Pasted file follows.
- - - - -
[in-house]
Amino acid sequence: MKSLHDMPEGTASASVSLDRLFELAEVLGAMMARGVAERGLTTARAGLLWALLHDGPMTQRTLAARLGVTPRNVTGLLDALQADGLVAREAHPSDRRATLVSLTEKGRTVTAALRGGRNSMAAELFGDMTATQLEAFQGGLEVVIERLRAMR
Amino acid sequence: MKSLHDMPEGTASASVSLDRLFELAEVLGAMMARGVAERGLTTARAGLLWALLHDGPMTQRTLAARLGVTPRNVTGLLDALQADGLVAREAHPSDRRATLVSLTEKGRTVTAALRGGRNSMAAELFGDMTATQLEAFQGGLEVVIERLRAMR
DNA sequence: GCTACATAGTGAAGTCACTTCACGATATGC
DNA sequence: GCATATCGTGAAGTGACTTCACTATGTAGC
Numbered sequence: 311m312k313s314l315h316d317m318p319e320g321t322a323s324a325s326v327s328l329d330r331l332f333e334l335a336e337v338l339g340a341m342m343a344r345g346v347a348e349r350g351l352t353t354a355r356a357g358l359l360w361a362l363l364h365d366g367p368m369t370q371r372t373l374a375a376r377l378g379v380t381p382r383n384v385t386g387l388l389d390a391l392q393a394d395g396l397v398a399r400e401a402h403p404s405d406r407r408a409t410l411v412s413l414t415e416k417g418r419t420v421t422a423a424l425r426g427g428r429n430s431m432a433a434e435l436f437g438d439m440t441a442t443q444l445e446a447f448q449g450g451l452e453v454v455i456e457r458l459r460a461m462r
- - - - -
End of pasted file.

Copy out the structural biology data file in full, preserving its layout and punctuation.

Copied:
[in-house]
Amino acid sequence: MKSLHDMPEGTASASVSLDRLFELAEVLGAMMARGVAERGLTTARAGLLWALLHDGPMTQRTLAARLGVTPRNVTGLLDALQADGLVAREAHPSDRRATLVSLTEKGRTVTAALRGGRNSMAAELFGDMTATQLEAFQGGLEVVIERLRAMR
Amino acid sequence: MKSLHDMPEGTASASVSLDRLFELAEVLGAMMARGVAERGLTTARAGLLWALLHDGPMTQRTLAARLGVTPRNVTGLLDALQADGLVAREAHPSDRRATLVSLTEKGRTVTAALRGGRNSMAAELFGDMTATQLEAFQGGLEVVIERLRAMR
DNA sequence: GCTACATAGTGAAGTCACTTCACGATATGC
DNA sequence: GCATATCGTGAAGTGACTTCACTATGTAGC
Numbered sequence: 311m312k313s314l315h316d317m318p319e320g321t322a323s324a325s326v327s328l329d330r331l332f333e334l335a336e337v338l339g340a341m342m343a344r345g346v347a348e349r350g351l352t353t354a355r356a357g358l359l360w361a362l363l364h365d366g367p368m369t370q371r372t373l374a375a376r377l378g379v380t381p382r383n384v385t386g387l388l389d390a391l392q393a394d395g396l397v398a399r400e401a402h403p404s405d406r407r408a409t410l411v412s413l414t415e416k417g418r419t420v421t422a423a424l425r426g427g428r429n430s431m432a433a434e435l436f437g438d439m440t441a442t443q444l445e446a447f448q449g450g451l452e453v454v455i456e457r458l459r460a461m462r